It doesn't. But sometimes it can seem like the route to fame is littered by dilletantes who just didn't have the songs or the chops to deliver them live. The Others and Jo Lean and the Jing Jang Jong spring immediately to mind.
There's a feeling that you can throw a shitload of money at a band, record them really well, get them bought on to big tours, expose them with well-funded, well connected PR and watch the results. None of which relies on talent. So the first hurdle any well-to-do artist will face when put in the limelight is 'Are they credible?'. Not just from critics, but from the paying public; because some might feel they've sidestepped the selection part of A&R, or perhaps there's the notion that they haven't paid their dues. Instead of honing their craft with blood, sweat and tears some coin has opened the door for them instead.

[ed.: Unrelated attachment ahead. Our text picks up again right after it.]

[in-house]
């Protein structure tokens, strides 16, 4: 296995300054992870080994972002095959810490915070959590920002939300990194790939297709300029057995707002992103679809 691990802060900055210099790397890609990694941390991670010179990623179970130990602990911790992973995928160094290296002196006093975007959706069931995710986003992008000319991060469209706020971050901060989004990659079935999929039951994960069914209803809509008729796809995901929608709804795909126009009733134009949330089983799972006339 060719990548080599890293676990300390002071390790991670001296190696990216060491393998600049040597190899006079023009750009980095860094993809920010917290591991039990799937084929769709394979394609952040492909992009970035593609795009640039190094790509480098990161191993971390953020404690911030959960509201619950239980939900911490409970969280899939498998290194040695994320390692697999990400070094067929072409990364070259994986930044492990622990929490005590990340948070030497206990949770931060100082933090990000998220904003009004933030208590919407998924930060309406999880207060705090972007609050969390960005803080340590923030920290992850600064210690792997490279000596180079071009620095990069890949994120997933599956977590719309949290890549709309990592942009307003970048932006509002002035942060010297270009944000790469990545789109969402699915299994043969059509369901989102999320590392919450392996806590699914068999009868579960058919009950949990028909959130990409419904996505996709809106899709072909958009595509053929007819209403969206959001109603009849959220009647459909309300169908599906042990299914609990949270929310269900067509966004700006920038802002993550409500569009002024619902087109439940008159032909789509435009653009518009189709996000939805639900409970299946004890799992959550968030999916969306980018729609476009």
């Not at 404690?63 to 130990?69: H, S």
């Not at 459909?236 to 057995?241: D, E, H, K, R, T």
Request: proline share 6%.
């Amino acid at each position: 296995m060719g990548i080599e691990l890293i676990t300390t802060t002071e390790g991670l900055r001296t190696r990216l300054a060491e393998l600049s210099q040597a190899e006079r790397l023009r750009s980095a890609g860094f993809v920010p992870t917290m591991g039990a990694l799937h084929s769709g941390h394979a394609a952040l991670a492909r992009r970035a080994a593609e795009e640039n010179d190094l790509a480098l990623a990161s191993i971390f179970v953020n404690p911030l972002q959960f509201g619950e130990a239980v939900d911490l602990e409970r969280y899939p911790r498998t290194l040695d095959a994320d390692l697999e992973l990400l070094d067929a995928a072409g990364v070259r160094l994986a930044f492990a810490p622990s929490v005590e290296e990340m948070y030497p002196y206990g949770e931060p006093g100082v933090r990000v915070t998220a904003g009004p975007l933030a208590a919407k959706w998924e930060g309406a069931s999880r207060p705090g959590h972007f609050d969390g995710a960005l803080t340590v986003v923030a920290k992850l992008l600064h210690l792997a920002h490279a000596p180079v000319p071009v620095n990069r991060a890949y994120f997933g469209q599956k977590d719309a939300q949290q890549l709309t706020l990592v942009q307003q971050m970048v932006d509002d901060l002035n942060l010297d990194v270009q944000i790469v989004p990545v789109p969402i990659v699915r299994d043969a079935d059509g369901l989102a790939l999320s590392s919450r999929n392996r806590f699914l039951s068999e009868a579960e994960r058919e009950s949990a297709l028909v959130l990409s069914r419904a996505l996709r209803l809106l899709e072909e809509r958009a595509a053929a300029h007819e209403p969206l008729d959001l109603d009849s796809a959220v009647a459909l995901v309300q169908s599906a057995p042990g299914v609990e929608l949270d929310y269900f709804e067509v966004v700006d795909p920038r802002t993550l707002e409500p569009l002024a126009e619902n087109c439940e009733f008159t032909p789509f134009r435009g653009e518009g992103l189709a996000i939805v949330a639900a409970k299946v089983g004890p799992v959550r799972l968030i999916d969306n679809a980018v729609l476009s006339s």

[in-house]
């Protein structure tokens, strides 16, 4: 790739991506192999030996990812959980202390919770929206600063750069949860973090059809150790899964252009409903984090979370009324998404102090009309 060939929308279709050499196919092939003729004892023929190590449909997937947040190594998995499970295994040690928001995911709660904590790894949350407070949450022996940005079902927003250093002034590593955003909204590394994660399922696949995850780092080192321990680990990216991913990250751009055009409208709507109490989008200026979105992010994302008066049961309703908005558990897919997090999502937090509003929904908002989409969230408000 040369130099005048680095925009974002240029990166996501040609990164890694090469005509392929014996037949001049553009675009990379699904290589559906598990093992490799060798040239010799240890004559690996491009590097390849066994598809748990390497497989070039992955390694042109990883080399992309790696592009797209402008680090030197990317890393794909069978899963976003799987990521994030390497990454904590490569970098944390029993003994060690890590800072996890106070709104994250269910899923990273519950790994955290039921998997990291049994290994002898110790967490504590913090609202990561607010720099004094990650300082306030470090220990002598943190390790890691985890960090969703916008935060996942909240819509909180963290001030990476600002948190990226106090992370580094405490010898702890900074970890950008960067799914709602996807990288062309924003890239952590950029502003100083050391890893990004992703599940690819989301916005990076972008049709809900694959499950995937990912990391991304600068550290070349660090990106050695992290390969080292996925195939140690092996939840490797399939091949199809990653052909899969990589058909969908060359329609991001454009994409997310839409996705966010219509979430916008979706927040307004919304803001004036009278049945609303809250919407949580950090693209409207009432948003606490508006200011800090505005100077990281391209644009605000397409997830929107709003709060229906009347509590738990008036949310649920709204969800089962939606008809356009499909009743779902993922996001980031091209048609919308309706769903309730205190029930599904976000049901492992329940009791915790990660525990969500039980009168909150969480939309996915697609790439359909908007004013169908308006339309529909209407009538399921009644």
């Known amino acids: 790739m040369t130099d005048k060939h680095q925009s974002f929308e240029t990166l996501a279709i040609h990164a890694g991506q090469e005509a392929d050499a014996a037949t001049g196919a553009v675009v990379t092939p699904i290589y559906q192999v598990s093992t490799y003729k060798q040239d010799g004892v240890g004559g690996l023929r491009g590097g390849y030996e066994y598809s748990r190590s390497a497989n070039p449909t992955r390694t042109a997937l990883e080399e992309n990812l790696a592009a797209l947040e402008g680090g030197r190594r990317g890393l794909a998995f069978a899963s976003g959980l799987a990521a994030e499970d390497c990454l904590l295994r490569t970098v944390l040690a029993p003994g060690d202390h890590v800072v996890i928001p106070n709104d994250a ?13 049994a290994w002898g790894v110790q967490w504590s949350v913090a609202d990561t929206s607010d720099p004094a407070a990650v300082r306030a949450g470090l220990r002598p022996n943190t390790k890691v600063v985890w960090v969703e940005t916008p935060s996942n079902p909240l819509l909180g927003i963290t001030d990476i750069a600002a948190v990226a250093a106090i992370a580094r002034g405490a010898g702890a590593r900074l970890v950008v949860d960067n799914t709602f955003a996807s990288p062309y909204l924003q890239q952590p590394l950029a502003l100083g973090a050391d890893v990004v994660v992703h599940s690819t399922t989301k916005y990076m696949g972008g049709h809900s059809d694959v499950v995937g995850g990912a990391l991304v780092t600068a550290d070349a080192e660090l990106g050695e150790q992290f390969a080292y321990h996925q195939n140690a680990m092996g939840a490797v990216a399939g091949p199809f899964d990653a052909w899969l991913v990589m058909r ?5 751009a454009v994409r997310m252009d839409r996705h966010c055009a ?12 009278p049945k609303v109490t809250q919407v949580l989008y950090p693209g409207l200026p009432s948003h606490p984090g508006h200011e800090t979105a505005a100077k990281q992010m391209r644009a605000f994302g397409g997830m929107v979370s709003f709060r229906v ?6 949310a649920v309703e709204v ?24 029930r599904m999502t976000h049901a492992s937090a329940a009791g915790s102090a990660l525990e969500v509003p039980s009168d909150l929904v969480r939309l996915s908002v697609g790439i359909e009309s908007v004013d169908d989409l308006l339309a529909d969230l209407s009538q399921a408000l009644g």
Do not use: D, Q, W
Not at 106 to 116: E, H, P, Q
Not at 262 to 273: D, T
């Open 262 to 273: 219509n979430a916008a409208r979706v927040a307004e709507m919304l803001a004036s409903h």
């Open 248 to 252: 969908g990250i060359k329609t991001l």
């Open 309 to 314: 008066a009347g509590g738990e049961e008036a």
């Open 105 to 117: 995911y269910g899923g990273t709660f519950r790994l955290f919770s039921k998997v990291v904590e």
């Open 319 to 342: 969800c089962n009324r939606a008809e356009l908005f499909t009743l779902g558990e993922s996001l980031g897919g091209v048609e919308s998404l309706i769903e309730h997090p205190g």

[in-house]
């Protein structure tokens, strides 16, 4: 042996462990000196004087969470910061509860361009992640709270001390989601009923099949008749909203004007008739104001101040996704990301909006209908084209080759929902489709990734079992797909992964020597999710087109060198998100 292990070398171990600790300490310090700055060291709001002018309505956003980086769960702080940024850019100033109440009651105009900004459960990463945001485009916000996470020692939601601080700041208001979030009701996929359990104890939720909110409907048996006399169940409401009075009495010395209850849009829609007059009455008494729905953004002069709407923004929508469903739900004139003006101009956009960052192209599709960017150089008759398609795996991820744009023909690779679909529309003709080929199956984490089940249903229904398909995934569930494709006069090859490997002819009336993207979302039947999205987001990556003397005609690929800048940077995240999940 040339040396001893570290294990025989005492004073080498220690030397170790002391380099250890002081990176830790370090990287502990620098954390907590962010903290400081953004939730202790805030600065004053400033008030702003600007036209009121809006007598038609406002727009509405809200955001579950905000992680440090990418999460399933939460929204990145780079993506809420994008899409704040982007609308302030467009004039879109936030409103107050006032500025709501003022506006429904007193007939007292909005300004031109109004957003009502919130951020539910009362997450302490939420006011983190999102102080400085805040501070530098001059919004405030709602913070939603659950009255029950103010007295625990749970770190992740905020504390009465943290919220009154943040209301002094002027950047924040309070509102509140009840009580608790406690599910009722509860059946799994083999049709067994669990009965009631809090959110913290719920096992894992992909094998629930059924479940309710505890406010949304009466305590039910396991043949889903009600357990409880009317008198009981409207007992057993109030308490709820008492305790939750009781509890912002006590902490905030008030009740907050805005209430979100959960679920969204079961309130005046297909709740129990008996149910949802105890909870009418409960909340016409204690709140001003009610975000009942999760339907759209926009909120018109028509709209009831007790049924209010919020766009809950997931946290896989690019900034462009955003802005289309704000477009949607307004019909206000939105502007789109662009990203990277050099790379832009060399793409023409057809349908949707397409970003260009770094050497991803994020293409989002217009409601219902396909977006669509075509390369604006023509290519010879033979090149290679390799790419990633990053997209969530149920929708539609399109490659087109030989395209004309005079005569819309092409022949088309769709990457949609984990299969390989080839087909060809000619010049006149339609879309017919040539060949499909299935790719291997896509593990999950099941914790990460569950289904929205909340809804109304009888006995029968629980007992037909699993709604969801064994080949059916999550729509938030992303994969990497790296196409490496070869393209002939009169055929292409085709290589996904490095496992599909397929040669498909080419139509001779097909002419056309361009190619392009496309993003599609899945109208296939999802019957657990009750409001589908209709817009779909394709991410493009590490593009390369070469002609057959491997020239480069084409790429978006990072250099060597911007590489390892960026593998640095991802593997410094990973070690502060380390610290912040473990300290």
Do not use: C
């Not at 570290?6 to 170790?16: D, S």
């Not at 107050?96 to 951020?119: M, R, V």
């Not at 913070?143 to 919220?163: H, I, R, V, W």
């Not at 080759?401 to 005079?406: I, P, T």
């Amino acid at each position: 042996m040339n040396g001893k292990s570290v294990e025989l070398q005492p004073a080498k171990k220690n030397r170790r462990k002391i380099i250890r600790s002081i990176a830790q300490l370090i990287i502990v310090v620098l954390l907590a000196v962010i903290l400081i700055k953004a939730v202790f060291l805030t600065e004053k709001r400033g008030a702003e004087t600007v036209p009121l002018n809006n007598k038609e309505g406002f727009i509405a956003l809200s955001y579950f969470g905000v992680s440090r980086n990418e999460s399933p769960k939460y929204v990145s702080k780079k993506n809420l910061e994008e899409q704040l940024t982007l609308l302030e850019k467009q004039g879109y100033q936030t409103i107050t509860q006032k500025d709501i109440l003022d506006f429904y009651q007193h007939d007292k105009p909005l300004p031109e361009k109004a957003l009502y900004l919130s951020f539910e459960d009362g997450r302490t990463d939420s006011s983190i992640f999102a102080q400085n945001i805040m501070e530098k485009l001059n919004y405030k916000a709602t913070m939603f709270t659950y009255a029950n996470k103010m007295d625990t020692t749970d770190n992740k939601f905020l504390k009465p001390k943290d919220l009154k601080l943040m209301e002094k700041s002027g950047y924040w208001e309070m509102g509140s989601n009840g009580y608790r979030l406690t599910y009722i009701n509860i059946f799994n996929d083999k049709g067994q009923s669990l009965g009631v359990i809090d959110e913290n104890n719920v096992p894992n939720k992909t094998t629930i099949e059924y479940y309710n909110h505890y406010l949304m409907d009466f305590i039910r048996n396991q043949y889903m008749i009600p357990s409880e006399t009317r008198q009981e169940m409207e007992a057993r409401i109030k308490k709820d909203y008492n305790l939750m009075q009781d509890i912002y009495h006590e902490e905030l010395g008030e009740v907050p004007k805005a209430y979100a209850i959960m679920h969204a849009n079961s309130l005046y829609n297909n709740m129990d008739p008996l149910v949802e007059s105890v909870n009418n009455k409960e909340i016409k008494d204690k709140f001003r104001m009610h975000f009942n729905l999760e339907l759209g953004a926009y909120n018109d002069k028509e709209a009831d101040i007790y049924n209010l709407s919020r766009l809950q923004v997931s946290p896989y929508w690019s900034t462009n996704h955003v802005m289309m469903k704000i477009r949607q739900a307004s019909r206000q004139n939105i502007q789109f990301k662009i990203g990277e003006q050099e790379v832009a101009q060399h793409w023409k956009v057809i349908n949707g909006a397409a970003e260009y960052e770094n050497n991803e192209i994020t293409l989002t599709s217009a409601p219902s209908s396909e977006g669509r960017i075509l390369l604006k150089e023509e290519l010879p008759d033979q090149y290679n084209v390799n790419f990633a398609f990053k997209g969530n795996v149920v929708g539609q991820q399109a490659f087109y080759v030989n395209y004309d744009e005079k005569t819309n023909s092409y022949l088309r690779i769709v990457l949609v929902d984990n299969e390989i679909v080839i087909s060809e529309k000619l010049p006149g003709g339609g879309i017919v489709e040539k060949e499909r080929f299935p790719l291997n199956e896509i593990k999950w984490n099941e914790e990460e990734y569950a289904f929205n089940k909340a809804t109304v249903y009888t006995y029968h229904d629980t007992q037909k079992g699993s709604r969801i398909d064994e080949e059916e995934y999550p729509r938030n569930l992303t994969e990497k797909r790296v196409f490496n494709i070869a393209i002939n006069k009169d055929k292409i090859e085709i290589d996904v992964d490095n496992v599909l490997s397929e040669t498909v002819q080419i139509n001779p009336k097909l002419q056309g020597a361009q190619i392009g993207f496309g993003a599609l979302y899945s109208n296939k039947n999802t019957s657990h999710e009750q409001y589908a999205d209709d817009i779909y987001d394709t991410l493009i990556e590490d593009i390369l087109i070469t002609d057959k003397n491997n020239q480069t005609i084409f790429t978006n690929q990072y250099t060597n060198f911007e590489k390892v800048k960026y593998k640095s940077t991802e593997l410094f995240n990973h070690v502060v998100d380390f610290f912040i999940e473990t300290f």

That's obviously an (irksome) class issue on the side of the listener. In the end, all that matters critically is if the music holds up. And opinions on that have been known to vary.